The Christmas decorations are up. The process always brings back memories from lots of past Christmases. The picture below is of houses and toys from the Christmas Garden or train platform I grew up with beginning in earliest memory. They were on the platform for my brother before me so, presuming he got them by age five, they’re around 87 years old now. The items are a little chipped here and there, one of the cars has lost a wheel, and one of the houses is leaning a little. I’m kind of in the same shape.
I have more of the items including the Lionel freight train set from the 20′s but they’re stored away in the basement.
Here is a city comprised of models based on buildings found in Germany, Austria and Switzerland, particularly with the emphasis on half-timbered construction. I’ve built these models over the past thirteen years from kits made by Faller, a German company. The prototype for the six buildings together on the right is in Frankfurt and I’ve visited there. Known as the Römer, the square was heavily damaged by Allied bombing but since rebuilt. The model city being arranged on my coffee table, I think of it as Stadt Kaffeetisch.
Here is a closeup of the building fronts showing the great detail in these kits.
Below is a more contemporary, classic small town winter/Christmas scene. Grandma Moses and Norman Rockwell are in there somewhere. It includes two of the ceramic houses from the Snow Village line of Department 56. These are a pretty good scale size next to O-gauge trains so I began to buy these in ’87.
I soon had some 44 buildings plus accessories on my old 200+ square feet, O-gauge, three rail, three mainlines layout seen here. My daughter, Sigrid, used to say that she’d like to live in the village. It seems like a world where there is peace, no stress, no poverty, no disease, and everyone’s nice all the time. As a part of my move, however, the residents were evicted by right of eminent domain: the layout was disassembled and the houses packed away but I pulled out eight of them for the living room this year.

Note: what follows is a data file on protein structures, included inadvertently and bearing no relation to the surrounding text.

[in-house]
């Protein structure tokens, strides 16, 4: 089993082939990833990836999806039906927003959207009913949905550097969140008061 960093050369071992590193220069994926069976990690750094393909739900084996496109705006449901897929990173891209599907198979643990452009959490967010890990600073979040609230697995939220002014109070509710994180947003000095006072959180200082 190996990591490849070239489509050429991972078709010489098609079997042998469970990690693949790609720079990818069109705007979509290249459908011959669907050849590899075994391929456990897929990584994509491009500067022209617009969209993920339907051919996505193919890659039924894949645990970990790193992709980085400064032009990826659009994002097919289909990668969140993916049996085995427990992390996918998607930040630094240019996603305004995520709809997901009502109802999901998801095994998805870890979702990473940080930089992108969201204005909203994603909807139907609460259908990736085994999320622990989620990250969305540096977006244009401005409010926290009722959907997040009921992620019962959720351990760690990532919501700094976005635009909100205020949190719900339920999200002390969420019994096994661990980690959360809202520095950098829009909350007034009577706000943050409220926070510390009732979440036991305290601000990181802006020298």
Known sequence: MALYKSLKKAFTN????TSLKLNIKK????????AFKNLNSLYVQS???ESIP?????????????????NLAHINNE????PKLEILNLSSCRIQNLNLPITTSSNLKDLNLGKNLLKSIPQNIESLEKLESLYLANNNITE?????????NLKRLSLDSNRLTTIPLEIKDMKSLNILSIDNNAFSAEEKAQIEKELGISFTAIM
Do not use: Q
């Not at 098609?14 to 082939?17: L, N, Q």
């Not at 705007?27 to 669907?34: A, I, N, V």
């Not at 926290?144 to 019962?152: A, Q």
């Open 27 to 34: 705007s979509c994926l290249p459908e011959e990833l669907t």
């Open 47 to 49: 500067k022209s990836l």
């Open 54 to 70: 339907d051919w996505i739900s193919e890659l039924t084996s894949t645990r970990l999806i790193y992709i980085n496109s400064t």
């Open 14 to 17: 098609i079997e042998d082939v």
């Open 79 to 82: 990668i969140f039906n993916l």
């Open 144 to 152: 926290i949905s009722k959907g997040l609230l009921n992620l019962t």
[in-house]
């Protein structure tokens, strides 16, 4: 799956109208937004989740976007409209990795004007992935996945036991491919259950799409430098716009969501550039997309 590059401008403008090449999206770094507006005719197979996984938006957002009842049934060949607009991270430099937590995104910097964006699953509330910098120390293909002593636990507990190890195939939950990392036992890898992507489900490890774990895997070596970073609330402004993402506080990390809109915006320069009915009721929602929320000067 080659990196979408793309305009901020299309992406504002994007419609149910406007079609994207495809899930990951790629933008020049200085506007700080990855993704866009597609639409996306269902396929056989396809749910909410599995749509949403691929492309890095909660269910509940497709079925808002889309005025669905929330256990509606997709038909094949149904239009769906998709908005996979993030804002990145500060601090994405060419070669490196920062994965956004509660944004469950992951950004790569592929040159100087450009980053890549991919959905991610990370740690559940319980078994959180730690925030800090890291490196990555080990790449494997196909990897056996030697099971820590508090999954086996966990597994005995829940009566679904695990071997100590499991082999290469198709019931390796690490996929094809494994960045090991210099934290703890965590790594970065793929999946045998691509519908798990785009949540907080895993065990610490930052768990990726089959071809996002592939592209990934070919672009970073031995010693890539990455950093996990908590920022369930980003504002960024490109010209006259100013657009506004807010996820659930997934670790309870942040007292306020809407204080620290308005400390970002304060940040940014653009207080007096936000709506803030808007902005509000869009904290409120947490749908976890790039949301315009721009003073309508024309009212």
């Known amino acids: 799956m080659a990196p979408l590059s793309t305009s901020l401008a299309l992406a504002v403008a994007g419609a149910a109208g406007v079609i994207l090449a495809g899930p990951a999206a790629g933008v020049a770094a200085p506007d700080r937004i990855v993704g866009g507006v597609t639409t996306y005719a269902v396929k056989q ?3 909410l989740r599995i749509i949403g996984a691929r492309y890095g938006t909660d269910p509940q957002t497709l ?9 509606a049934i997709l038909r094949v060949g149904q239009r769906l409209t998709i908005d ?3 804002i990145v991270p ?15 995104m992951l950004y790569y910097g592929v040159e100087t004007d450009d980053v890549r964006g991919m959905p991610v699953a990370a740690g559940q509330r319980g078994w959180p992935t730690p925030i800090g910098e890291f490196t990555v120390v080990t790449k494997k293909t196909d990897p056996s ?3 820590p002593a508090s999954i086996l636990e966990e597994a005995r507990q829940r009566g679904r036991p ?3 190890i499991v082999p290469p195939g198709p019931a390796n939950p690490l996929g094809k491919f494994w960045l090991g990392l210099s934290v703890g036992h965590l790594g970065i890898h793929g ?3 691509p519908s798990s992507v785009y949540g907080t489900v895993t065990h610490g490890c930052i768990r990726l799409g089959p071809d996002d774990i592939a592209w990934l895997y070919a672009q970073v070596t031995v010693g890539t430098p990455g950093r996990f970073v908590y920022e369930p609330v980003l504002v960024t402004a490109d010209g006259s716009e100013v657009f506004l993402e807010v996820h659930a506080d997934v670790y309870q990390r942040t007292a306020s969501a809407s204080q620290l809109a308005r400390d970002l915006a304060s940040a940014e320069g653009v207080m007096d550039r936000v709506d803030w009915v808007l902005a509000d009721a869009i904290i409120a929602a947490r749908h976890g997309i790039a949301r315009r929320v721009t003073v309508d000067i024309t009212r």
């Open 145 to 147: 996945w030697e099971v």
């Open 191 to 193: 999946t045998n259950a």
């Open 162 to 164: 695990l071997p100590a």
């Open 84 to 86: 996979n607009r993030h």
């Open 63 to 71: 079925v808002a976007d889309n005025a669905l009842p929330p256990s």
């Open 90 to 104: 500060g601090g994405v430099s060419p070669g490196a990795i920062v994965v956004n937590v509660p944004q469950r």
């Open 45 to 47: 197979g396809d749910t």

In the years before I plunged back into photography I did a lot of stained glass work. Here’s an original design that has just been hung again for the holidays. The creche set next below was from a 70′s pattern book and I still see them from time to time. I made a number of them over the years but lavished special care on the last three sets, one each for my daughters and one for me. I visited Sigrid this week and was pleased to see her set out amongst the greens. (For more of my stained glass work you can click on that title at the top of the screen.)
Finally, I still struggle with a real tree. (N.B. It’s not a holiday tree; it’s a Christmas tree.) It’s a chore getting it home and into the house and into its holder and stringing the old fashioned lights with the foil reflectors I found on ebay. Then my friend, Barbara, helped me hang the ornaments. A few carry tags as from my grandparents’ or my parents’ trees; others were accumulated by us over the years, typically from the Wanamaker Christmas Shop after seeing Santa. Of course there’s the late Vince Guaraldi’s “Charley Brown Christmas” or Julie Andrews’ “Christmas Treasure” albums playing while we do the trimming. The tree is then dressed with glass icicles and tinsel from my dwindling supply that I hide from the EPA. (I think I still have a lifetime supply.)
What a joy it is to see it done, glowing softly and filling the house with its fragrance.
I understand the ecumenism and inclusivity that has led to “Happy Holidays” and I certainly wish them to all.
But, I also have to say (borrowing from Clement Moore) … Happy Christmas to all, and to all a good night.